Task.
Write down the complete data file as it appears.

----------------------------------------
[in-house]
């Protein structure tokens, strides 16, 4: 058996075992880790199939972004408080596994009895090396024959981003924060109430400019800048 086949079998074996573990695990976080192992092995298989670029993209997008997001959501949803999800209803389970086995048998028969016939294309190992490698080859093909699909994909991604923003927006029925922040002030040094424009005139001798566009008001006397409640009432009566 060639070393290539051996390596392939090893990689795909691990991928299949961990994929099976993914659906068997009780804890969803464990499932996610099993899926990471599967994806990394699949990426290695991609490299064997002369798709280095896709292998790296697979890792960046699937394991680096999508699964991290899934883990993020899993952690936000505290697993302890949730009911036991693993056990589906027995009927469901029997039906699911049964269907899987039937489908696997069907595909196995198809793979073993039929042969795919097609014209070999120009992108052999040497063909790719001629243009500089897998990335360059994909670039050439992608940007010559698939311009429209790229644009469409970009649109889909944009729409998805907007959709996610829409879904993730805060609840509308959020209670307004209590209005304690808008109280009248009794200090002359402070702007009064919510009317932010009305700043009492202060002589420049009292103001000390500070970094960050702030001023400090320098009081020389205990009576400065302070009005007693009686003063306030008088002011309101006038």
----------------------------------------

[in-house]
């Protein structure tokens, strides 16, 4: 058996075992880790199939972004408080596994009895090396024959981003924060109430400019800048 086949079998074996573990695990976080192992092995298989670029993209997008997001959501949803999800209803389970086995048998028969016939294309190992490698080859093909699909994909991604923003927006029925922040002030040094424009005139001798566009008001006397409640009432009566 060639070393290539051996390596392939090893990689795909691990991928299949961990994929099976993914659906068997009780804890969803464990499932996610099993899926990471599967994806990394699949990426290695991609490299064997002369798709280095896709292998790296697979890792960046699937394991680096999508699964991290899934883990993020899993952690936000505290697993302890949730009911036991693993056990589906027995009927469901029997039906699911049964269907899987039937489908696997069907595909196995198809793979073993039929042969795919097609014209070999120009992108052999040497063909790719001629243009500089897998990335360059994909670039050439992608940007010559698939311009429209790229644009469409970009649109889909944009729409998805907007959709996610829409879904993730805060609840509308959020209670307004209590209005304690808008109280009248009794200090002359402070702007009064919510009317932010009305700043009492202060002589420049009292103001000390500070970094960050702030001023400090320098009081020389205990009576400065302070009005007693009686003063306030008088002011309101006038």